Camel: a beginner’s guide for the progressive group


Just over 50 years ago, guitarist Andy Latimer – along with Doug Ferguson (bass) and Andy Ward (drums) – created Camel from the ashes of jazz rock band Brew. Keyboardist Pete Bardens joined them soon after, and they released their often-unrecognized self-titled debut album in 1973.

Media widely dismissed or ignored camel and his successor Mirage. But with the uncompromising progressive rock concept album from 1975 Snow geese Camel achieved limited success in the charts, and even the previous scornful Melody maker presented the group with the Brightest Hope Award.

As with many of their albums, Snow geese was entirely instrumental – a fact which, while attracting applause from the musicians, was more the result of a crisis of confidence than a stubborn refusal to comply: ”reveals Latimer.

“Halfway through recording the first album, the producer basically told us that neither of us could sing. Which obviously influenced us to do less vocals, and maybe that’s why we didn’t do it big.

“We have also made some interesting decisions in our career. After Snow geese, our most successful album, we released Lunar madness, which was not the same at all. Most sane bands would have recorded the Son of the snow goose. “

Camel’s efforts to compete with Genesis, Yes, and Pink Floyd have been hampered by ongoing staff issues. First, Ferguson was fired (according to Andy Ward “he couldn’t keep up, so he had to leave”). Then, the working relationship between Latimer and Bardens – which had never been exactly harmonious – finally disintegrated with Bardens’ resignation in 1978. All of this came at a time when Ward was succumbing to his own addictions.

“Pete and I had always had an opposite relationship,” Latimer admits. “As always, it was all about ego, and in the end we didn’t want to put up with all the tantrums and endless arguments. Andy was also going off the rails at this point as he had a lot of problems with drugs and alcohol.

In 1982, after the release of Camel’s underrated “Nude”, Latimer was the only remaining member. After “The Single Factor” (made with a bunch of employees for contractual reasons) and then the relatively unsuccessful “Stationary Traveler” in 1984, Latimer took a forced break from Camel to fight and ultimately win a royalty lawsuit. brought by their former director.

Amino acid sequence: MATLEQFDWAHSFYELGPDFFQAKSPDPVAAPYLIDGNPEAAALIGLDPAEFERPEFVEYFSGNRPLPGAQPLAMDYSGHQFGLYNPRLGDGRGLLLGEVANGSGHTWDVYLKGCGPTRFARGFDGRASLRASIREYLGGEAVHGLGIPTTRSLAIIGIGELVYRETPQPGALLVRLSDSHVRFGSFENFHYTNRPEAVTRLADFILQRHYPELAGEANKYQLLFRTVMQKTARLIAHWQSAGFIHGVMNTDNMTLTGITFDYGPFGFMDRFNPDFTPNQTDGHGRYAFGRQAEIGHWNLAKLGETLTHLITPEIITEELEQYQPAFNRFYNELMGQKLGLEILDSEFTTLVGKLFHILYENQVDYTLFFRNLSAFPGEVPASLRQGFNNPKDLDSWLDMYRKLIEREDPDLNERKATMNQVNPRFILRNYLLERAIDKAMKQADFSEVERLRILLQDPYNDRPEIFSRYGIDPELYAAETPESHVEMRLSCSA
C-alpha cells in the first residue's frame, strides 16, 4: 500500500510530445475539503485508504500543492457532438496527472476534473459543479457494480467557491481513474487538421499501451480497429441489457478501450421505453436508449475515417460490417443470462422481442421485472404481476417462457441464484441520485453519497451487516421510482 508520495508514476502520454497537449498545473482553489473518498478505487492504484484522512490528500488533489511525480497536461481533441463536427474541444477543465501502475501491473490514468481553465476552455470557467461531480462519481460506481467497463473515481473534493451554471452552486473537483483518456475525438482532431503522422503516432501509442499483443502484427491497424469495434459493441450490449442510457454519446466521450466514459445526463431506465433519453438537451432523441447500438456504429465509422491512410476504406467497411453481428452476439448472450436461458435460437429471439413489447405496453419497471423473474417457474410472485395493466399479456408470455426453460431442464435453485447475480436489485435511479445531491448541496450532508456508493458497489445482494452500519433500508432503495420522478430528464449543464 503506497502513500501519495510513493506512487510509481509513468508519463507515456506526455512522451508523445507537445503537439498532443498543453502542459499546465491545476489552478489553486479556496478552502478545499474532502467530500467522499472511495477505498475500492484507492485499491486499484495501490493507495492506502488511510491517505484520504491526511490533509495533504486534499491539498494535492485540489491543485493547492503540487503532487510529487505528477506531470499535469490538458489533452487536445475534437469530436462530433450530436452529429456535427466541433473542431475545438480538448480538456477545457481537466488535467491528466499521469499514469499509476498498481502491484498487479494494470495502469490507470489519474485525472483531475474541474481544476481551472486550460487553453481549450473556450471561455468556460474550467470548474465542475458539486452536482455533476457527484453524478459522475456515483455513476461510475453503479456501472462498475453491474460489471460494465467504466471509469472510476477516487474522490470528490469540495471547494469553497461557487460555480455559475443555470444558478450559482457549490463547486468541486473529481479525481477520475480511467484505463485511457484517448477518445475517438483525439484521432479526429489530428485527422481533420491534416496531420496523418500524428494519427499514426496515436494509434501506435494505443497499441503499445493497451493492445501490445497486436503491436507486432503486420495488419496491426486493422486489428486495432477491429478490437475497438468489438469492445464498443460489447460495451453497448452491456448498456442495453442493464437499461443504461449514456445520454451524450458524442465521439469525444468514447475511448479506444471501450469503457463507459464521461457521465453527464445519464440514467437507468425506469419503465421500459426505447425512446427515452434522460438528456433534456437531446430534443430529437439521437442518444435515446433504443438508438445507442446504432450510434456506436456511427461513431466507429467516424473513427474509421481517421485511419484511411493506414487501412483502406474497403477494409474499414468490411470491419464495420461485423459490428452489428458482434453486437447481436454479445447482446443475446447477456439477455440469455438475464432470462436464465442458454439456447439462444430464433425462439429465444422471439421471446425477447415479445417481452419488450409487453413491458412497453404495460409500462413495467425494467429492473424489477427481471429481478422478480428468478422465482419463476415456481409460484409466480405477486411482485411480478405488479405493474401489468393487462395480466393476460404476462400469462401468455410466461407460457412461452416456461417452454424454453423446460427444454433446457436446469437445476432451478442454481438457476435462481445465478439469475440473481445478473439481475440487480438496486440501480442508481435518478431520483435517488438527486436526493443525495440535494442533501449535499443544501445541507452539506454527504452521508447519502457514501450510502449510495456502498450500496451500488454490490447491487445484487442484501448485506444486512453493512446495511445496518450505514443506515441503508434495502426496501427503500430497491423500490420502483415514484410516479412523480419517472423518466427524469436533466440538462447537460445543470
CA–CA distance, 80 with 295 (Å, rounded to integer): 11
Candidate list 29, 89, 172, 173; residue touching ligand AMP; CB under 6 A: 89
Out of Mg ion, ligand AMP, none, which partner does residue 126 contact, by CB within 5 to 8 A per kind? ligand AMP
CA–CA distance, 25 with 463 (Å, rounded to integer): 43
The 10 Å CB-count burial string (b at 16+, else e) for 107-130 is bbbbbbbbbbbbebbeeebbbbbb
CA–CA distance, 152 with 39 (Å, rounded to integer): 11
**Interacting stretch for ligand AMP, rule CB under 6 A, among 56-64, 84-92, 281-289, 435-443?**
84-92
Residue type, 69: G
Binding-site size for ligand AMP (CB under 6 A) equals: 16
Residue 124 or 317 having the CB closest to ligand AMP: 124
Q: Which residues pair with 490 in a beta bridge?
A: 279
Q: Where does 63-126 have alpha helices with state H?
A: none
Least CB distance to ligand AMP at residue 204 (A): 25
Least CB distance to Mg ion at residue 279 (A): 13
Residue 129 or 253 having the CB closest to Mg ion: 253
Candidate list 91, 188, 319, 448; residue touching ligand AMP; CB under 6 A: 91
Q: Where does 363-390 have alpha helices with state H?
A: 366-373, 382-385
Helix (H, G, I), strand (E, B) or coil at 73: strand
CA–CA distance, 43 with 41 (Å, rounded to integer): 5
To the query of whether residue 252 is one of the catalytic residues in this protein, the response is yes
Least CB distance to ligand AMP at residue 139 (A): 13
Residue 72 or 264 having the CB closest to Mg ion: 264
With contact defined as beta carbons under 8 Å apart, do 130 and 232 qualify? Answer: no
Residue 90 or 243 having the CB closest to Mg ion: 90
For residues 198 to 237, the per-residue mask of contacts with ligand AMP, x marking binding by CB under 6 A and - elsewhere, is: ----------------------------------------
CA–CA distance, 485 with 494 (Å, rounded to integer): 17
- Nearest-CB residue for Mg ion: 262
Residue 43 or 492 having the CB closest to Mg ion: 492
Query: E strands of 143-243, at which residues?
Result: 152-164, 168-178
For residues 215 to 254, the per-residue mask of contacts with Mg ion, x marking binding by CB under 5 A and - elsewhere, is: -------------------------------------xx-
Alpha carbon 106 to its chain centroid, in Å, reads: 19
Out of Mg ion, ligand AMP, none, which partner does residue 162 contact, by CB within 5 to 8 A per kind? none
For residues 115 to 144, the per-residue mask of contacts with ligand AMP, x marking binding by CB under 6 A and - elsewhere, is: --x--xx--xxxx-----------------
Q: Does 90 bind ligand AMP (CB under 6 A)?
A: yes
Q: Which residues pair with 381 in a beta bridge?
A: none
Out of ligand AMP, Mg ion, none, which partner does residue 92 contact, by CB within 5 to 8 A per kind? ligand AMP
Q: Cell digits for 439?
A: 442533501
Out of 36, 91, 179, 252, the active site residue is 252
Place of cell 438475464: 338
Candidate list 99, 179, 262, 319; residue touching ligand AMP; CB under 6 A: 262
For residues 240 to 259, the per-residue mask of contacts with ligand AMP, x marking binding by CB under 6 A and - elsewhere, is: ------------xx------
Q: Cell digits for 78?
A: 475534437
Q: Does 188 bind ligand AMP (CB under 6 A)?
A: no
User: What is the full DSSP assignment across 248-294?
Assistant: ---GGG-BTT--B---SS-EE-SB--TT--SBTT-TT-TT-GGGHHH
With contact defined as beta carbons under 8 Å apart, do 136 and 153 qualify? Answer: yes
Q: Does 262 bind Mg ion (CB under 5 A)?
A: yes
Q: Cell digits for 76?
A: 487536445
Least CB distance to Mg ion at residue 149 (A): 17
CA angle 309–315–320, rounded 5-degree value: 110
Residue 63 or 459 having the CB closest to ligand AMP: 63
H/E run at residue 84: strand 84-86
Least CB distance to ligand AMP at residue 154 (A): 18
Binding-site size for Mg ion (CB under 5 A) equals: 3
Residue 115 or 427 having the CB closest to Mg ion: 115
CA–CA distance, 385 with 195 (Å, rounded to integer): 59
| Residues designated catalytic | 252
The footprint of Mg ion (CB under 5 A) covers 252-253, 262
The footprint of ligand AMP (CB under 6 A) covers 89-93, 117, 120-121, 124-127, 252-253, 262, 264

In the late 1980s, Latimer decided he wanted to revive Camel’s legacy, but this desire was met with skepticism and a dismal lack of interest on the part of the record companies.

“I toured the recording industry and was totally depressed by it all. I was told I was a ‘bloody dinosaur’, that Camel was a really dirty word, and basically to go.

By setting up their own label and operations center in the form of Camel Productions, the band eventually came back with a new line-up and recorded compelling and generally more accessible albums such as bearing tears in 1992 and 2002 notable A wink and a wink. The modernity of these albums caught the attention of a new generation of listeners, and the internet gave the band an invaluable bond with their fans.

“We clung to our ideals; I think if you try to write things just to please others, you are a loser. And of course the website has allowed us to communicate directly with the people who buy our records.

With the sad loss of Pete Bardens to cancer in January 2002, the band’s original version could never be reunited. But Latimer continued: a re-recorded and extended version of Snow geese was released in 2013 and 2023 will see the band celebrate the 50th anniversary of their debut album with six dates across England and Scotland.

The original version of this feature appeared in Classic Rock 55.


Evelyn C. Tobin